Your real name:
Mailing address:
Would you be willing to ship to an address outside of your own country?:
Are you over 18?:
If over 18, do you want to be in the adults-only subset?:
Any idea what you plan to make?:
Any requests about the nature of the bookmarks you want to get back?:
What kind of books do you like to read most?

Click that little grey IM balloon button under my name on the bottom left there.

Also remember to read the Swap Info Guide to find out how to ship your item and other details about participating in a swap.

Edited to add:
HEY EVERYBODY! Delivery confirmation is not required for this swap.
5  Illinois / Illinois: North / Craft Fair in Oak Park on: November 30, 2004 11:25:56 AM
My friend Margaret's Unitarian church is having a:

Winter Bazaar - Holiday Artisans Fair

Join us for holiday shopping featuring handmade goods by local artisans.

At Frank Lloyd Wright's Unity Temple
875 Lake St
Oak Park, IL

Admission $5. Includes hourly historic tours.

December 11, 2-8 PM

Margaret is a beader and her stuff rocks.
6  REUSING/RECYCLING/RECRAFTING / What the heck can I do with THIS? / Abercrombie & Fitch catalog on: April 05, 2004 07:25:12 PM
I have zero idea how I ever got on their mailing list. Not only have I never bought anything from them, but I don't think I've ever bought anything from any company that serve the same demographic as their target. But today I got an Abercrombie & Fitch "catalog". It's got all these artsy black and white photos on cardstock-weight paper. Dolphins, extreme close up of somebody's forehead, a guy and a girl in an about-to-kiss pose with the guy holding a monkey... All sorts of self-consciously weird stuff. Don't even get me started on the horse poses. What shall I do with it?
7  PURSES, BAGS, WALLETS / Purses, Bags, Wallets: Completed Projects: Reconstructed / Duct tape wallet and change purse/card holder on: December 08, 2003 08:39:00 PM
Duct Tape Wallet and Change Purse

So I finally figured out the perfect crafty Christmas gift for my geek brother: A duct tape wallet. (I'm glad Comfits posted inspirationally about her checkbook cover here: https://www.craftster.org/yabbse/index.php?board=11;action=display;threadid=323)

I used these directions as a starting point: http://www.rpi.edu/~kirkd/dtwallet_making.html

But basically I just read them, digested them, and then winged it.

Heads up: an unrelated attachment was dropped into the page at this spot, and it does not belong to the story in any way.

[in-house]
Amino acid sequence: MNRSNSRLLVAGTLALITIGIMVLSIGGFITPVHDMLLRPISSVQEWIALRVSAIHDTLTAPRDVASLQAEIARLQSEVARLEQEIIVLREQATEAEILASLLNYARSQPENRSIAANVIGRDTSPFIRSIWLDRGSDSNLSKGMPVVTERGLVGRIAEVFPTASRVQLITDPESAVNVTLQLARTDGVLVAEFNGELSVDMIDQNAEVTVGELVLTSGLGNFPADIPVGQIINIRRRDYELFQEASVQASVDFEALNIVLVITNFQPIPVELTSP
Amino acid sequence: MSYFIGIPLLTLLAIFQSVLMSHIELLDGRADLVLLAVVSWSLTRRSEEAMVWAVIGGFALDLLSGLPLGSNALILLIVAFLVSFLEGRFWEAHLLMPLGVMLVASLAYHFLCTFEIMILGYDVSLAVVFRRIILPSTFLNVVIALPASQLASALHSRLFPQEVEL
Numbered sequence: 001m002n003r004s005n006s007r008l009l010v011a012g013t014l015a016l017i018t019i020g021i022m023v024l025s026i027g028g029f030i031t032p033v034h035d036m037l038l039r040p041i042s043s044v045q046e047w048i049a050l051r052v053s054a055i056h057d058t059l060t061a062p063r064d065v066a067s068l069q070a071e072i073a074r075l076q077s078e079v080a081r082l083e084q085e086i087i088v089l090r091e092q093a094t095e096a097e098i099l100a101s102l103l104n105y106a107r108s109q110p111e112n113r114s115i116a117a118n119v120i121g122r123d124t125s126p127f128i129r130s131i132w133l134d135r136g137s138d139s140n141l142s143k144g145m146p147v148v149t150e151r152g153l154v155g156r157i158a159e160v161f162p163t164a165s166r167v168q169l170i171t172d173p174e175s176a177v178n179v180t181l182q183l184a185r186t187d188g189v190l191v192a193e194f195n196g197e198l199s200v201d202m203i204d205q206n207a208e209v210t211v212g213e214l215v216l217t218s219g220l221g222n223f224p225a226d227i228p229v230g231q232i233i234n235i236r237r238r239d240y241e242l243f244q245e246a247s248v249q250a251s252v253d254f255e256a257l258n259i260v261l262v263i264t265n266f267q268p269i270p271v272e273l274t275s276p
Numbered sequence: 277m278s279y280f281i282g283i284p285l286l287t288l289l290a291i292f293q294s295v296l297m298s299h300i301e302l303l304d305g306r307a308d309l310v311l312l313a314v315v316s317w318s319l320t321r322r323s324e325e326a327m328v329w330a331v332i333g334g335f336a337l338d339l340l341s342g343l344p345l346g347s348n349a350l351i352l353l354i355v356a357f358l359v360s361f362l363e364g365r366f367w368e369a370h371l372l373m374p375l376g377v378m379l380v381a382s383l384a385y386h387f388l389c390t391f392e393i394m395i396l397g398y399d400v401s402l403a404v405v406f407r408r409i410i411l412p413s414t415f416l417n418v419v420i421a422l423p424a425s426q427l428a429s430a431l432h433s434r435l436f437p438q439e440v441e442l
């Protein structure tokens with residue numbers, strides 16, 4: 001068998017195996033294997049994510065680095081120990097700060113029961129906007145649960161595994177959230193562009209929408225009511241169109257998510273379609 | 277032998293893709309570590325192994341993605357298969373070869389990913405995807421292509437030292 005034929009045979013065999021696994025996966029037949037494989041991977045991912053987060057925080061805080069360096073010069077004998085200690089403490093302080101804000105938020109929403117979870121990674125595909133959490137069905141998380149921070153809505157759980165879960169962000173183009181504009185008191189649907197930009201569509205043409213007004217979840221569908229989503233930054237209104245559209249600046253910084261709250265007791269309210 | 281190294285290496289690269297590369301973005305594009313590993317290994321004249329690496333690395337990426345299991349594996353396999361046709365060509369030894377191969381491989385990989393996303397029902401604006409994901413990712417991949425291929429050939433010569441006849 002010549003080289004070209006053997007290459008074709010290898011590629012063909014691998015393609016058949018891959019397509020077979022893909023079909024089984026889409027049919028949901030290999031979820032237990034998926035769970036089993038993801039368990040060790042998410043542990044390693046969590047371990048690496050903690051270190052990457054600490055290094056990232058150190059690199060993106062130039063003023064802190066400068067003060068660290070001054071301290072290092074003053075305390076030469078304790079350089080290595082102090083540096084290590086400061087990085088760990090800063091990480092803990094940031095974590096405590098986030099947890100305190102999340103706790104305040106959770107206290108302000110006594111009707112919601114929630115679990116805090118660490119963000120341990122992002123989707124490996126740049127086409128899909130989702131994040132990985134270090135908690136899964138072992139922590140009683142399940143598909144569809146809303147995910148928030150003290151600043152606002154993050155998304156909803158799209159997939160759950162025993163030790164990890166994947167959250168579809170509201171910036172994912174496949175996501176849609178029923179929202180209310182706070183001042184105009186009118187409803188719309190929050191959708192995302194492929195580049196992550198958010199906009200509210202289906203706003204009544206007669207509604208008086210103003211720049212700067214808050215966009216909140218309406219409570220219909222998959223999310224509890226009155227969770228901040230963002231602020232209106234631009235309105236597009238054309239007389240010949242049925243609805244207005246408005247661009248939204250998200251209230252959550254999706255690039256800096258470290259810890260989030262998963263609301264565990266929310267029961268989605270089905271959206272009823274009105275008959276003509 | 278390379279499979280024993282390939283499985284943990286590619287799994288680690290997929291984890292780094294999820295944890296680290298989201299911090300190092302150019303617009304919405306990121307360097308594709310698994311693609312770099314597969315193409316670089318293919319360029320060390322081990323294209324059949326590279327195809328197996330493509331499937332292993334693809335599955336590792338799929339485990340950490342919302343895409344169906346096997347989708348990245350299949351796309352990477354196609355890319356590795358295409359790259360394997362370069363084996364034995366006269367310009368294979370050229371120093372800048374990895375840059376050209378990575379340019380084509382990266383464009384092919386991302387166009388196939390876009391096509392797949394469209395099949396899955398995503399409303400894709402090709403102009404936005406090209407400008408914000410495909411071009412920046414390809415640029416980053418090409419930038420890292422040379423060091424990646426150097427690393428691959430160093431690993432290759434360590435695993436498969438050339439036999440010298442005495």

I bought a big roll of generic silver duct tape and four small colored Duck brand duct tape rolls in a canister. I constructed all the basic sheets out of silver and did much of the assembly with silver, then used the pretty colored parts for trim and some of the assembly. I made the main part of the wallet first, a big folded-in-half sheet, taped together at the edges. This is for bills. I made sure it was the right size by comparing it to my actual, non-duct-tape wallet.

 I made the ID window by taking clear heavy-duty mailing tape, folding it in half to make a clear, flexible plastic sheet, then taping blue tape around it as a frame.  Then I made a smaller sheet, folded it in half for a pocket on the left hand side, and on top of it taped the ID window. Taped the sides of the back flap to the left side of the wallet, then folded up the front flap with ID frame and taped that down. So I had three pockets behind the window, one for the ID, then another 2 receipt pockets behind it. Taped all that on.

On the right I just made two small card holder pockets. I made them by folding up a centimeter in the back, taping across the top of that, then folding up the main body of the pocket and taping down. Then I did the second one the same way, just below the first. The fold-up bit was meant to insure my brother's cards didn't get duct tape glue on them, which I feared they might if it was just a sheet taped on with no fold-up bit. Put a card in too hard, it gets down below where the duct tape sheet is and gets glue on it, see? I think I did most of the pockets in this project that way to avoid this situation... I hope I did it on all of them! But I think on the left side maybe not. Oops.

Then some blue trim, and I was done!

My girlfriend saw me constructing this project, and after first noting that I could have bought a wallet for the money I spent on duct tape (so not the point!) asked me to make her a change purse. She had a plastic one given out at school with a zip-lock style zipper thing at the top, which had broken very soon after it was given out. But it still had the keychain attachment, which came on a plastic post thingy, which I could reuse.